This site showcases the (mostly) digital work of Andrew DiFiore from both Virtual Arts Studios and answerYES Interactive as well as random thoughts and experimental projects too volatile to be contained anywhere else.

 
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    Chill, The Next Cool Thing

    Chill is like the Hulu’s cooler little brother. But more than just catchup TV, Chill supports just about any video source from YouTube to ESPN.

    Content can be high-def TV shows (supplied by premium content partners like Hulu) to videos taken from your iPhone.

    The site has a sexy Pinterest-like grid layout with Turntable-like social viewing integration, including Path-like emoticons and a Facebook Timeline-like profile covers.

    You sign up using Facebook Connect. Once in, you can start a Chill Lounge or hang out in an existing Lounge (Lounges are like DJ Rooms in Turntable). Chill users can create a livestream Lounge simply by selecting the Live Video Stream option available in the Chill Lounge creation flow. The feature currently supports Ustream, Justin.tv, Livestream, YouTube Live, and Twitch.tv.

    Chill was founded by Brian Norgard and Daniel Gould less than year ago and as of last week has raised $8 million in Series A funding from Kleiner Perkins Caufield & ByersRedpoint VenturesAtlas VenturePaul KedroskyScience MediaWilliam Morris Endeavor, 500 Startups, Troy Carter, Mike Jones, Chris Sacca’s Lowercase Capital, and Michael Arrington’s CrunchFund. As of this post, Chill claims to have 19 million members.

    It has been an obvious feature long time coming: Scheduled Posts. Finally, you can do inside Facebook what third-party tools like HootSuite and TweetDeck have done for years. That is, if you can find the feature.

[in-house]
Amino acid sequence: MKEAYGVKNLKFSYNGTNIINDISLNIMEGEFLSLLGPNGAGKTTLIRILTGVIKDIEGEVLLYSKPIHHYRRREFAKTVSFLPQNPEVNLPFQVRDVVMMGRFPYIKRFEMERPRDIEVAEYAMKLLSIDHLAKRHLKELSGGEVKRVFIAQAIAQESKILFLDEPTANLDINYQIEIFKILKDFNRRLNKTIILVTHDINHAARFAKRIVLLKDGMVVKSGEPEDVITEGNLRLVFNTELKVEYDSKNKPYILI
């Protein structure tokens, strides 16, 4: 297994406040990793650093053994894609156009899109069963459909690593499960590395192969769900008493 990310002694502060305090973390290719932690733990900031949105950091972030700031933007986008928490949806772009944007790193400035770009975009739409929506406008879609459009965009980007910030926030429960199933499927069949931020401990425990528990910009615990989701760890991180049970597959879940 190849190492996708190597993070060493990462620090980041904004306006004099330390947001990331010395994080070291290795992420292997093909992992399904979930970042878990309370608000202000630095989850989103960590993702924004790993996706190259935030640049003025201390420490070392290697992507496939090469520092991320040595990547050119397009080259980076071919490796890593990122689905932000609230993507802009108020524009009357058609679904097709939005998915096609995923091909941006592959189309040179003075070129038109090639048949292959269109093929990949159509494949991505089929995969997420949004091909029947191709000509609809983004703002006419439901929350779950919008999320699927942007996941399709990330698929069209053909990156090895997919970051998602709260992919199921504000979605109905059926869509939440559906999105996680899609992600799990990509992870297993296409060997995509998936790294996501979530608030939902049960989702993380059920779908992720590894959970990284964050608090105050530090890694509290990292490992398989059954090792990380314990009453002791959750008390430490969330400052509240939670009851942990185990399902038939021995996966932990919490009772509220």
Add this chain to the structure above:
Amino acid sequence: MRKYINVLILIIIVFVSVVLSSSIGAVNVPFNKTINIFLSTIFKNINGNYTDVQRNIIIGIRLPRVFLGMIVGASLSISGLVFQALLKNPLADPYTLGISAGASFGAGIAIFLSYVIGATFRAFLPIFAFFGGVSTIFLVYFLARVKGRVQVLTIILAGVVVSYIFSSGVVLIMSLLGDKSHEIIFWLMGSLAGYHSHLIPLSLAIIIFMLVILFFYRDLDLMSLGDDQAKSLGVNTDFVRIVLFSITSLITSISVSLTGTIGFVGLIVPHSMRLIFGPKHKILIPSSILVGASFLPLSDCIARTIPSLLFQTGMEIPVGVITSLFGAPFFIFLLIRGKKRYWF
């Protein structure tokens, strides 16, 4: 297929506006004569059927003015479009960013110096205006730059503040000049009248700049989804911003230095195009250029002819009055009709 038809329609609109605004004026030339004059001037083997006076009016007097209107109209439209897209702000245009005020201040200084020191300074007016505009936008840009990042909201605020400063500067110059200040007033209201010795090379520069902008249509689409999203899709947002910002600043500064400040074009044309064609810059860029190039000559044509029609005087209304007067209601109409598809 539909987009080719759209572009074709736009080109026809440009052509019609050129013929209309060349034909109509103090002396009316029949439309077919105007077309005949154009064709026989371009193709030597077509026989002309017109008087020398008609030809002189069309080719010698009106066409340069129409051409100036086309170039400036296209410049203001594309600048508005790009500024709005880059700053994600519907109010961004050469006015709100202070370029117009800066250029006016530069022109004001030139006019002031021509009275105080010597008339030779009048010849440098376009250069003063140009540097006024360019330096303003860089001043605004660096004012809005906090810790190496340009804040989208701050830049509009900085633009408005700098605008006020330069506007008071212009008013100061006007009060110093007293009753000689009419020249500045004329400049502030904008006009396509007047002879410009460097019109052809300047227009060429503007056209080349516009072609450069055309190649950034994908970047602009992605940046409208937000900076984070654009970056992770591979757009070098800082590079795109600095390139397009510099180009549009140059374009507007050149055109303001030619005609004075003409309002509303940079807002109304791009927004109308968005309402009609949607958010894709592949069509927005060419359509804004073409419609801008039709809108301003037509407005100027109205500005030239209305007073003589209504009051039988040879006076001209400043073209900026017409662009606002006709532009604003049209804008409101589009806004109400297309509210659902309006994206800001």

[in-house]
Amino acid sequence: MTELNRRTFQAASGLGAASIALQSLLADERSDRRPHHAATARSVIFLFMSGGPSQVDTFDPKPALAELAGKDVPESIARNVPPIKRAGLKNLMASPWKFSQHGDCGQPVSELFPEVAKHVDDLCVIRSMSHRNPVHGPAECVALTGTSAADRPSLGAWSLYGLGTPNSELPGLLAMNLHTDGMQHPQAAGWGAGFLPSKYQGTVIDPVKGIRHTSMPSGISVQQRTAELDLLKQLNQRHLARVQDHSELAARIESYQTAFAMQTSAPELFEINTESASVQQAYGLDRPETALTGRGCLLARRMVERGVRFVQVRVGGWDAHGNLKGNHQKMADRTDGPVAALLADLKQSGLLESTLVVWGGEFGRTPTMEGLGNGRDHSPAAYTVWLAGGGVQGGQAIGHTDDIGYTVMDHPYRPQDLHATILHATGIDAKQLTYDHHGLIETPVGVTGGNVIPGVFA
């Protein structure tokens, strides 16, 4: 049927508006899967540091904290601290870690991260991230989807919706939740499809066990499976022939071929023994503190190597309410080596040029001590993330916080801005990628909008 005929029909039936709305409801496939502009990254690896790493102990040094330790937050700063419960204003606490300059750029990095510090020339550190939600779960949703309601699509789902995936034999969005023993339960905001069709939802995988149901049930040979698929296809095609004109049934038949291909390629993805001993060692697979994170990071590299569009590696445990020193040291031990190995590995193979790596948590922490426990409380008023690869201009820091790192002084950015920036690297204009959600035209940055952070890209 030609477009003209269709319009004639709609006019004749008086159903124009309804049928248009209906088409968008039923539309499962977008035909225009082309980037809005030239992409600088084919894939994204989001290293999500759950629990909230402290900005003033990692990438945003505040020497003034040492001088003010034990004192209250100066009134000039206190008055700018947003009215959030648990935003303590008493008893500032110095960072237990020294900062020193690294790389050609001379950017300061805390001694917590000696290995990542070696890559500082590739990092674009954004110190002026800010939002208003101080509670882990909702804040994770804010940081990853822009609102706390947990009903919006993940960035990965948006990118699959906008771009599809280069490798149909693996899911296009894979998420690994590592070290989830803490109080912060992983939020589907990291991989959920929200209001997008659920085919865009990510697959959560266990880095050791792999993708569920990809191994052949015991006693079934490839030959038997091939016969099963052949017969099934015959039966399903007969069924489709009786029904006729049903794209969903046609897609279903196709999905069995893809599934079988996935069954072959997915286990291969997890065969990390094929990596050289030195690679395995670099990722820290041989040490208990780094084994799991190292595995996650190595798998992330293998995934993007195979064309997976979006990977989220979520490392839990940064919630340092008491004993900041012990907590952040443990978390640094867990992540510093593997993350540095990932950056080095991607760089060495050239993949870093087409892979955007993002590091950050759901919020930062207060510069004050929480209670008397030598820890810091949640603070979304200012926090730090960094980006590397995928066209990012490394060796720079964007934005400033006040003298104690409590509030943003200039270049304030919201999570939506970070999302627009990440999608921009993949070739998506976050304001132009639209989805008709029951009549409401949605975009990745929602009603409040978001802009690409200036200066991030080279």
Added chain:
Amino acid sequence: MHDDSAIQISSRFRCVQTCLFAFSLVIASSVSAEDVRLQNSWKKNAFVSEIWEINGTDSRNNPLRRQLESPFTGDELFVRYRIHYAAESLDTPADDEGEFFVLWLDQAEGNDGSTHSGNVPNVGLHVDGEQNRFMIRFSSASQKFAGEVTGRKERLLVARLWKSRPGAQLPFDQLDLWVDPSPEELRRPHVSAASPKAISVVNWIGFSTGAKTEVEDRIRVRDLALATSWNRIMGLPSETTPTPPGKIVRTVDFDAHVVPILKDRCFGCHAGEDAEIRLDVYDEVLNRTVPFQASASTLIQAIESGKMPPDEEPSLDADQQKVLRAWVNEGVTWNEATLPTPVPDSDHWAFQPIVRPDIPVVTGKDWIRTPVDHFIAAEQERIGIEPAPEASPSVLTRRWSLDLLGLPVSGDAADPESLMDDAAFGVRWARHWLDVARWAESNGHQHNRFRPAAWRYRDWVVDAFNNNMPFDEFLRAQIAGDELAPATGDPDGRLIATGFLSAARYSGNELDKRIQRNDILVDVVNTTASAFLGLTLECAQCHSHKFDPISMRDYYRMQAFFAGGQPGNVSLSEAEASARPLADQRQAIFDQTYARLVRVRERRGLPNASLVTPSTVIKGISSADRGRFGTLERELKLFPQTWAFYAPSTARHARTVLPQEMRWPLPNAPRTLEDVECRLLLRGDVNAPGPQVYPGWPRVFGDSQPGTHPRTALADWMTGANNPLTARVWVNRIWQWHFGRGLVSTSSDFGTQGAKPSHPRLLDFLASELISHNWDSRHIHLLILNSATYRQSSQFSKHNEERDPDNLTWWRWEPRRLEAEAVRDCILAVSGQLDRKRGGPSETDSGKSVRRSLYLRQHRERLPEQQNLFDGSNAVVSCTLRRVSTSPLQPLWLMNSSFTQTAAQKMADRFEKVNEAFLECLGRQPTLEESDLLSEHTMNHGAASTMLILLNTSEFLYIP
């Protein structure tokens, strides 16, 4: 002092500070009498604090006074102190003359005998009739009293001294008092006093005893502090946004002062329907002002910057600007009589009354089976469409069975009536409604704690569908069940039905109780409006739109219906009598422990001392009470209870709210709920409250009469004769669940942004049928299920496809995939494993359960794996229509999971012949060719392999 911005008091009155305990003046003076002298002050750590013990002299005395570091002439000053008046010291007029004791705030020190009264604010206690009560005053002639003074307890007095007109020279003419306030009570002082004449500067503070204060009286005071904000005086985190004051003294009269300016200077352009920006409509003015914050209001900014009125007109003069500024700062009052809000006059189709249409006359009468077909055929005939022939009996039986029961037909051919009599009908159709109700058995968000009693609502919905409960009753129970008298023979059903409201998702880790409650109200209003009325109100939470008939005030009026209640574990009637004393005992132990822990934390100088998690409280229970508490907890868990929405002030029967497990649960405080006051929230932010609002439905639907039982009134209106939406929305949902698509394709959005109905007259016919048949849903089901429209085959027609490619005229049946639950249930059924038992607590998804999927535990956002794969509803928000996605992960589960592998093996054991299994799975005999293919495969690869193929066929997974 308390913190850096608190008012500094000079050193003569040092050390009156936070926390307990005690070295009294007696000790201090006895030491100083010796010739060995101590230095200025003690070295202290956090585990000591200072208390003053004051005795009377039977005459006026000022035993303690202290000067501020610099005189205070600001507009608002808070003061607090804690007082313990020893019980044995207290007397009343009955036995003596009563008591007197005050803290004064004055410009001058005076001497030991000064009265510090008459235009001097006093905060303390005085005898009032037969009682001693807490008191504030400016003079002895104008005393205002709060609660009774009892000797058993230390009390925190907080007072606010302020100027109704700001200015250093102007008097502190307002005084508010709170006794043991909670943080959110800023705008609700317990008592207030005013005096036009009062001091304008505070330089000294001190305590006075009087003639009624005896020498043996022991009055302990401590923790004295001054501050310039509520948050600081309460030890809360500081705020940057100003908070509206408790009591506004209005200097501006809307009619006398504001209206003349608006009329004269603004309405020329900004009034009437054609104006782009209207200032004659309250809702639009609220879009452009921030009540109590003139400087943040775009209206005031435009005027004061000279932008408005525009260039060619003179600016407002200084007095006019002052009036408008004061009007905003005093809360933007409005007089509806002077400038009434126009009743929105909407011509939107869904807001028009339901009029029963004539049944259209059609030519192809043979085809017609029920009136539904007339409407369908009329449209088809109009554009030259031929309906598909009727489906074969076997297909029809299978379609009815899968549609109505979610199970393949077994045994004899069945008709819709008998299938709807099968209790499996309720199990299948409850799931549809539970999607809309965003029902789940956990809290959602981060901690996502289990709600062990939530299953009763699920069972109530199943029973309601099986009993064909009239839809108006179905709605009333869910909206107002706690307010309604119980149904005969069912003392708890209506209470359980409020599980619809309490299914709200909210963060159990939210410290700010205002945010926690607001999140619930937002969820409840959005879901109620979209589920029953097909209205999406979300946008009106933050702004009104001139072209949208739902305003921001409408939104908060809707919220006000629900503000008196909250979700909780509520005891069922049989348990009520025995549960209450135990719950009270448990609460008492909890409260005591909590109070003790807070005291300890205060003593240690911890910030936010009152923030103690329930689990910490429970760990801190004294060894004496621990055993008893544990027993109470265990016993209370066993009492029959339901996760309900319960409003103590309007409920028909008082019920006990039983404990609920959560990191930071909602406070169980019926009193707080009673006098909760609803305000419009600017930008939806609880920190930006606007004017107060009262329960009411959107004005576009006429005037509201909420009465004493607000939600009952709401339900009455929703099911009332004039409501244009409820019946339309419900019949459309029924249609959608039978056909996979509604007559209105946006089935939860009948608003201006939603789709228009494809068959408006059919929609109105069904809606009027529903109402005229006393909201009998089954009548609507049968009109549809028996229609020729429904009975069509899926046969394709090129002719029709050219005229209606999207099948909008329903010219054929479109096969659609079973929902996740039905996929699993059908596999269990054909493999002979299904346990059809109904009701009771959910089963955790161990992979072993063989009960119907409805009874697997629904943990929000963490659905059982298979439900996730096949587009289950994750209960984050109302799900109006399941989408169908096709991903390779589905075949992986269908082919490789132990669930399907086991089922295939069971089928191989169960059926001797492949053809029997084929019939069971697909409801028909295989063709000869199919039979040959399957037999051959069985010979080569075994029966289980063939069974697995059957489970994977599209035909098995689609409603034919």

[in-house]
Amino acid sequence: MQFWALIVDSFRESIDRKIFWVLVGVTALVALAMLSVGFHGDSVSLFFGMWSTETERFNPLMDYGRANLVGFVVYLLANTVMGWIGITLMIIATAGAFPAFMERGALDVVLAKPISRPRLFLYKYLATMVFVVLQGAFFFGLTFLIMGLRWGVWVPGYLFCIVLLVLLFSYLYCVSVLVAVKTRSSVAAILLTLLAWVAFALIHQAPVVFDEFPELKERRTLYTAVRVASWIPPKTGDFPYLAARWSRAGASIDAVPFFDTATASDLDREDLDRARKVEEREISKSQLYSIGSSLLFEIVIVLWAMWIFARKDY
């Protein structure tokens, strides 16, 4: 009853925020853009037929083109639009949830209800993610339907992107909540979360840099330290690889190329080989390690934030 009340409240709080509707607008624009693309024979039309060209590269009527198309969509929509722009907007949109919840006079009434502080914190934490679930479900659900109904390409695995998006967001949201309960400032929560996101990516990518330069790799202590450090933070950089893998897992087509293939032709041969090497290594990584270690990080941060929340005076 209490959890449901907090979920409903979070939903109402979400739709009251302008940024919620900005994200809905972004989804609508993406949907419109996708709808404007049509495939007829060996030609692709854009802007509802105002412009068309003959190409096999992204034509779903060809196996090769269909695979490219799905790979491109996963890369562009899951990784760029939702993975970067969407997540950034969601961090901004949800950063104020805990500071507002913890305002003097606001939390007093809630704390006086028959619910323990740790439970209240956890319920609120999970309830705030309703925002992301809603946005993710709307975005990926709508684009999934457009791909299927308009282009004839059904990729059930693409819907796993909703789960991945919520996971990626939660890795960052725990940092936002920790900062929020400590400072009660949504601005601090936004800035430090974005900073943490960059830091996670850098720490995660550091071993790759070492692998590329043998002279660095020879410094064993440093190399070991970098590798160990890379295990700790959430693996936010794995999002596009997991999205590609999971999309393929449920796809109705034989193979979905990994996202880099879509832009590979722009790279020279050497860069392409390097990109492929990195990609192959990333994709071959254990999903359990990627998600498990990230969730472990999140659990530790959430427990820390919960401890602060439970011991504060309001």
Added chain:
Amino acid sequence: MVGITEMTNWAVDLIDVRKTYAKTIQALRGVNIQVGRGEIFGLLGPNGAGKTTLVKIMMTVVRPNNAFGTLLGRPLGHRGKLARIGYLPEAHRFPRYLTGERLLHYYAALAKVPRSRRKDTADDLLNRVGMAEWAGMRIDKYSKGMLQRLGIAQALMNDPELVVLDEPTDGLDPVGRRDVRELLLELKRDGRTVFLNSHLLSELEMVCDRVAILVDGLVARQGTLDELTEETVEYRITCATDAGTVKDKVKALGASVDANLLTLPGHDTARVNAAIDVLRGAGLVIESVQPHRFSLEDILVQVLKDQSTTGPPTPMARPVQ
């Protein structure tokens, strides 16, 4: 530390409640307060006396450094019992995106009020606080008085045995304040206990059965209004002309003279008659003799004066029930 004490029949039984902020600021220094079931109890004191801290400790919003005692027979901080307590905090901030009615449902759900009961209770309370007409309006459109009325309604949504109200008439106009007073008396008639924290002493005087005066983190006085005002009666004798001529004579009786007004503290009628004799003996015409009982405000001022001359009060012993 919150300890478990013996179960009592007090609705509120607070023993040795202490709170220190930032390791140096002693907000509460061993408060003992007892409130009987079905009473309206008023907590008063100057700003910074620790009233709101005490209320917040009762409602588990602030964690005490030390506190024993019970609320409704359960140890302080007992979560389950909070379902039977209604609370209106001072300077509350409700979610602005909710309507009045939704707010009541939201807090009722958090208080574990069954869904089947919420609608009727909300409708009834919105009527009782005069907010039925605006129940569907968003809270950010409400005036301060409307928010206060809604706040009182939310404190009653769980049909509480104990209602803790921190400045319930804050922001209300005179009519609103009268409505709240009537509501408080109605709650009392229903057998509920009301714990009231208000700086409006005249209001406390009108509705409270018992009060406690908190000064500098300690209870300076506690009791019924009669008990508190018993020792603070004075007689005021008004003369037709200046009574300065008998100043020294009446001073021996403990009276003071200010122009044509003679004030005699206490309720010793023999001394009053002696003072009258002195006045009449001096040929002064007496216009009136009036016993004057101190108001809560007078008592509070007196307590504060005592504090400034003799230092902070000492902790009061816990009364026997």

Rolled out along with page security (admins can now assign roles), Facebook decided to make the scheduler a little hard to find.

    Maybe it is Facebook’s aggressive development cycle but I always get the feeling that half the features are afterthoughts, retrofitted into an architecture designed for something else.

    Now that Facebook is a public company, I imagine the pressure to appeal to advertisers and businesses is going to be greater. A good example is the new Promoted Post which allow brands to set a nominal budget for “sponsored” posts to appear within news feeds (kinda like Twitter’s Promoted Tweet feature).

    Not to worry, I’m sure the design team at Menlo Park will get around to fixing the usability issues… if the marketing team could stop telling the development team to skip the QA team.

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    Okay, Keenan Cahill’s lip-syncing videos are just a little freaky but that’s why so many people watch them… and there is no arguing with success. Over 50 million views of Katy Perry’s “Teenage Dream” (since August of 2010) has made BeenerKeeKee19952 not only an instant YouTube sensation but a hot viral commodity.

    Now with over 170 videos, the success is surreal.